Changes in skin-physiology after local heat application using two different methods in individuals with complete paraplegia: a feasibility and safety trial

Abstract

Study design:

Interventional feasibility study.

Objectives:

To evaluate safety and effects of local heat preconditioning on skin physiology using water-filtered infrared-A radiation (wIRA) or warm water therapy (wWT) in individuals with spinal cord injury (SCI).

Setting:

Acute and rehabilitation center, specialized in SCI.

Methods:

A convenience sample of 15 individuals (3 women, 12 men) with complete paraplegia from thoracic levels ranging between T2 and T12 received local heat applications either with wIRA or wWT on the thigh (paralyzed area) and on the upper arm (non-paralyzed area). Local heat was applied during three 30-min cycles, each separated by 30 min rest; thus, the treatment lasted for 180 min. Temperature, blood perfusion, and skin redness were measured at baseline, before and after heat application and 24 h after the last application.

Results:

Heat applications with wIRA and wWT were well-tolerated. No burns or any other side effects were detected. Skin temperature (p ≤ 0.008) and blood perfusion (p ≤ 0.013) significantly increased after heat application. Local skin temperature (arm p = 0.004/leg p < 0.001) and blood perfusion (arm p = 0.011/leg p = 0.001) after the first and the second application cycle, respectively, were significantly higher during heat application with wIRA than with wWT. However, skin redness did not change significantly (p = 0.1). No significant differences were observed between the paralyzed and non-paralyzed areas for all parameters immediately, as well as 24 h after the treatment.

Conclusions:

Although both heating methods have been confirmed as safe treatments in this study, further investigations with regard to their efficacy in the context of preconditioning are warranted.

Sponsorship:

The use of the instruments Hydrosun® 750 Irradiator (Hydrosun Medizintechnik, Germany) and Hilotherm-Calido 6 (Hilotherm GmbH, Germany) was sponsored by the Dr. med. h. c. Erwin Braun Foundation and by Hilotherm GmbH, respectively.

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Fig. 1: Schematic time course of the experiment: intervention and measurement.
Fig. 2: Skin temperature (°C) measured at the thigh and upper arm at baseline and at time points T1–T5 on the first day and at time point D2 on the day after intervention with water-filtered infrared-A radiation (wIRA) and warm water therapy (wWT).
Fig. 3: Skin perfusion in arbitrary units measured at the thigh and upper arm at baseline and at time points T1–T5 on the first day and at time point D2 on the day after intervention with water-filtered infrared-A radiation (wIRA) and warm water therapy (wWT).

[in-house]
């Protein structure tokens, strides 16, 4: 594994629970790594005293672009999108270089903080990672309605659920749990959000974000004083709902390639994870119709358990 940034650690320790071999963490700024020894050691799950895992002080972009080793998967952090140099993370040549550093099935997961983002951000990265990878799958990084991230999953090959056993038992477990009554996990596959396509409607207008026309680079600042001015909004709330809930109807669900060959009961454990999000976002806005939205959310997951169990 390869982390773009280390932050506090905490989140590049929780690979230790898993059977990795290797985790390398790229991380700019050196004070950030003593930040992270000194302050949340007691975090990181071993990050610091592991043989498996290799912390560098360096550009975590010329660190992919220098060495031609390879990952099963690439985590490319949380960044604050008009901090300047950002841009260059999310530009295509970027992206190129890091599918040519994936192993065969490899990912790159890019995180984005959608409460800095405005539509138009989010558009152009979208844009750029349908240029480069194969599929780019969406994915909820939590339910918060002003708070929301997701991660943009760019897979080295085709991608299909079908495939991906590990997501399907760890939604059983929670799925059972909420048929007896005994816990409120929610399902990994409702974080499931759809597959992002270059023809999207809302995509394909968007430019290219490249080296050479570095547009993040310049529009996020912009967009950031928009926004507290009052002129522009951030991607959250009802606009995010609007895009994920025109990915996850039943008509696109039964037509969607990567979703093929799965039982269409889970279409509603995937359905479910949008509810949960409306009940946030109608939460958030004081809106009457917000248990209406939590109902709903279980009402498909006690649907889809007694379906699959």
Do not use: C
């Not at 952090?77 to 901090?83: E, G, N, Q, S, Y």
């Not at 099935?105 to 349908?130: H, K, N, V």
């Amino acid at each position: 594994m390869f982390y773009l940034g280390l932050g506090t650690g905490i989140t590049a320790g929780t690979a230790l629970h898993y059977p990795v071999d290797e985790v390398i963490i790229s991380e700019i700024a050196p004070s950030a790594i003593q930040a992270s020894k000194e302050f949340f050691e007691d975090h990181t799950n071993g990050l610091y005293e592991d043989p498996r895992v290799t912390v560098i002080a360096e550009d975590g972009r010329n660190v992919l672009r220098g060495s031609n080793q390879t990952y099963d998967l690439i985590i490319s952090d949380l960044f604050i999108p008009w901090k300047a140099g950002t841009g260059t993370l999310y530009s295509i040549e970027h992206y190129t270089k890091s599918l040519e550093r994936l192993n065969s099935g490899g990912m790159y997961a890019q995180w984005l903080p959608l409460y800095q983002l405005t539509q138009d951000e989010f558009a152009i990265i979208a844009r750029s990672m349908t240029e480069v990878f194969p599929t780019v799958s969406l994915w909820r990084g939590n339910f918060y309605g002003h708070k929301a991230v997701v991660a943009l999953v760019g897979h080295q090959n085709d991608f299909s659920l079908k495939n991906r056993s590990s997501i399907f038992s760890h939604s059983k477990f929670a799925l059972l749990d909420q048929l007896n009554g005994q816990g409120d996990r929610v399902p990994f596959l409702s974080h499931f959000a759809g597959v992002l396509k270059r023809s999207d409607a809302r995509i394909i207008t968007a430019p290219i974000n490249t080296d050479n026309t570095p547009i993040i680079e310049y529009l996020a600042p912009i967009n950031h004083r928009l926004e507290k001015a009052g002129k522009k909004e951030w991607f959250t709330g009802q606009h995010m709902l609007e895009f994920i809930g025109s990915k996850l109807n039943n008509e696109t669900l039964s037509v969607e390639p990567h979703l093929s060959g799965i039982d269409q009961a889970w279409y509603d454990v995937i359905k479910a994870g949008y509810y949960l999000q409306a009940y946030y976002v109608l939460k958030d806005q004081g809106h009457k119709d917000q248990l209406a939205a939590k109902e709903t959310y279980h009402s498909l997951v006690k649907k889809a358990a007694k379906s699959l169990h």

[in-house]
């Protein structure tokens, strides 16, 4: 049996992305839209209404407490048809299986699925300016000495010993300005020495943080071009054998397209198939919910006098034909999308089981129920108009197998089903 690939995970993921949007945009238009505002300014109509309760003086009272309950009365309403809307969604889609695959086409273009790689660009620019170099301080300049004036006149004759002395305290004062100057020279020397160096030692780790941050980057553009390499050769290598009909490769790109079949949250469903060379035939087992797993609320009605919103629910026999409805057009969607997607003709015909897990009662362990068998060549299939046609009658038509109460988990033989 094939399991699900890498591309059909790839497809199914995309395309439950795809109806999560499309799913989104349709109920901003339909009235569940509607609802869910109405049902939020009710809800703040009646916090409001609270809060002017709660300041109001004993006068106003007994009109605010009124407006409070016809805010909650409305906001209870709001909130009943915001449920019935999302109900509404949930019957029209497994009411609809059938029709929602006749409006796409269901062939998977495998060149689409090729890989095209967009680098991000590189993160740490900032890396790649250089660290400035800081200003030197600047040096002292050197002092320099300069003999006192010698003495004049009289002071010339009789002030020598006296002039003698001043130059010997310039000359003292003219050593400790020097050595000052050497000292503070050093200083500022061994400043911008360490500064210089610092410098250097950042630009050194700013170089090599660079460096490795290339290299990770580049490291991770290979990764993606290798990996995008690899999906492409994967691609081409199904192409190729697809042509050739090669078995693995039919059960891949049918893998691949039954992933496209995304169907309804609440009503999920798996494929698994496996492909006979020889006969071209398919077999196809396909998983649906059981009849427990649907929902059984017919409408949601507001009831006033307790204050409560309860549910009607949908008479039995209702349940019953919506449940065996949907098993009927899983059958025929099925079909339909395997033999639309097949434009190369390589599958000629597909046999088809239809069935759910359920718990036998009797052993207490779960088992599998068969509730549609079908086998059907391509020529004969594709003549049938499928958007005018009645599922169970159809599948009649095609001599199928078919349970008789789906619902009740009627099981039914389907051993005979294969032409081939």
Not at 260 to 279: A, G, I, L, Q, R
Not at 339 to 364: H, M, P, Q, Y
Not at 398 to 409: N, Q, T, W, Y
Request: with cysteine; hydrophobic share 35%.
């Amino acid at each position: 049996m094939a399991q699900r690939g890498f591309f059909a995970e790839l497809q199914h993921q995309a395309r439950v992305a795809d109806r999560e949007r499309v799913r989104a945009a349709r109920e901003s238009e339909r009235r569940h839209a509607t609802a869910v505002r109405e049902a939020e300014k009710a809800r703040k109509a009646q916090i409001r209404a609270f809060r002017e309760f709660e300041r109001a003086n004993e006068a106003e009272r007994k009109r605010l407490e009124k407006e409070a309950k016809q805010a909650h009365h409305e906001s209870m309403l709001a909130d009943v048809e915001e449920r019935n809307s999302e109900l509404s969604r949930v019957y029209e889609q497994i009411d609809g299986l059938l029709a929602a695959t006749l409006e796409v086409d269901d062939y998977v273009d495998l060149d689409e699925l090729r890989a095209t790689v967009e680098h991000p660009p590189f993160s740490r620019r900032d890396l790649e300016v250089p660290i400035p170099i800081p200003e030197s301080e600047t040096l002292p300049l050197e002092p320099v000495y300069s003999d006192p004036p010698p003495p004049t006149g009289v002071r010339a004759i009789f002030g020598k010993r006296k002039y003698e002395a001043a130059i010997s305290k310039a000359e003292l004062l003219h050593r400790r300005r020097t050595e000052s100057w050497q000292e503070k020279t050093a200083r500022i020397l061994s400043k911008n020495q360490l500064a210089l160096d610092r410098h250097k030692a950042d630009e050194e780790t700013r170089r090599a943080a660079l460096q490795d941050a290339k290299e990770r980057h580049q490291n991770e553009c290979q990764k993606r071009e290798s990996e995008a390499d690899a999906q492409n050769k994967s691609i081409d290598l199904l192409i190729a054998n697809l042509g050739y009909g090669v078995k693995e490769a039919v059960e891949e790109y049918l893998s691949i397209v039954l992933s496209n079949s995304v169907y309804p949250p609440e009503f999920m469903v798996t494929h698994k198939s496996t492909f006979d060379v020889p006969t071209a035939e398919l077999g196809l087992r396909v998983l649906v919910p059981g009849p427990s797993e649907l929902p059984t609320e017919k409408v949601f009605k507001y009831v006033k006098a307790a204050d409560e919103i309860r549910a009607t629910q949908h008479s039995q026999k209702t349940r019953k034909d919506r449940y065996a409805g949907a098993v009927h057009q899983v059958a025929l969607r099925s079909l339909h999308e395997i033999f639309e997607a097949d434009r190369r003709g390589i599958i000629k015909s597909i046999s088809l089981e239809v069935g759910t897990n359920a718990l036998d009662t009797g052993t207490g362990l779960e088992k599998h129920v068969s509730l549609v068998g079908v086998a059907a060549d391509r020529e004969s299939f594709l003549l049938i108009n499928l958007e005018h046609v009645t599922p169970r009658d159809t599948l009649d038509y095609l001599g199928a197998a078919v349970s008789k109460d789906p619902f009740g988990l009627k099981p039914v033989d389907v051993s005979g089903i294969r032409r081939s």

Fig. 4: Skin redness in arbitrary units at the thigh and upper arm at baseline and at time points T1–T5 on the first day and at time point D2 on the day after the intervention with water-filtered infrared-A radiation (wIRA) and warm water therapy (wWT).

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Acknowledgements

We would like to thank all the participants and the patients at the Swiss Paraplegic Centre.

Funding

We would like to thank the Dr. h.c. Erwin Braun Stiftung and the HiloTherm GmbH for providing the instruments used in this study.

Author information

AS-S: study design, data analysis, experimentation, paper preparation, study monitoring. NA: study design, establishment of methods, experimentation, data analysis, paper preparation. DJ: experimentation, data analysis, paper preparation. This study serves as his Master’s Thesis in Medicine at the University of Basel. AW: study design, establishment of methods, experimentation. This study serves as her Master’s Thesis in Medicine at the University of Basel. SA: study design, establishment of methods, data analysis, paper preparation. YH: study design, establishment of methods, manuscript preparation. JK: study design, data analysis and statistics, paper preparation. RW: study design, data analysis, study monitoring, paper preparation.

Correspondence to Anke Scheel-Sailer.

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Conflict of interest

The authors declare that they have no conflict of interest.

Statement of ethics

The study protocol was approved by the Ethics Committee of the Northwest and Central Switzerland (ECNZ 2016–01158) and was registered on clinicaltrial.gov (2014–05 NCT03001531). Each patient signed the consent declaration before undergoing the intervention. This study was conducted following the research principles of good clinical practice.

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Scheel-Sailer, A., Aliyev, N., Jud, D. et al. Changes in skin-physiology after local heat application using two different methods in individuals with complete paraplegia: a feasibility and safety trial. Spinal Cord (2020). https://doi.org/10.1038/s41393-019-0408-8

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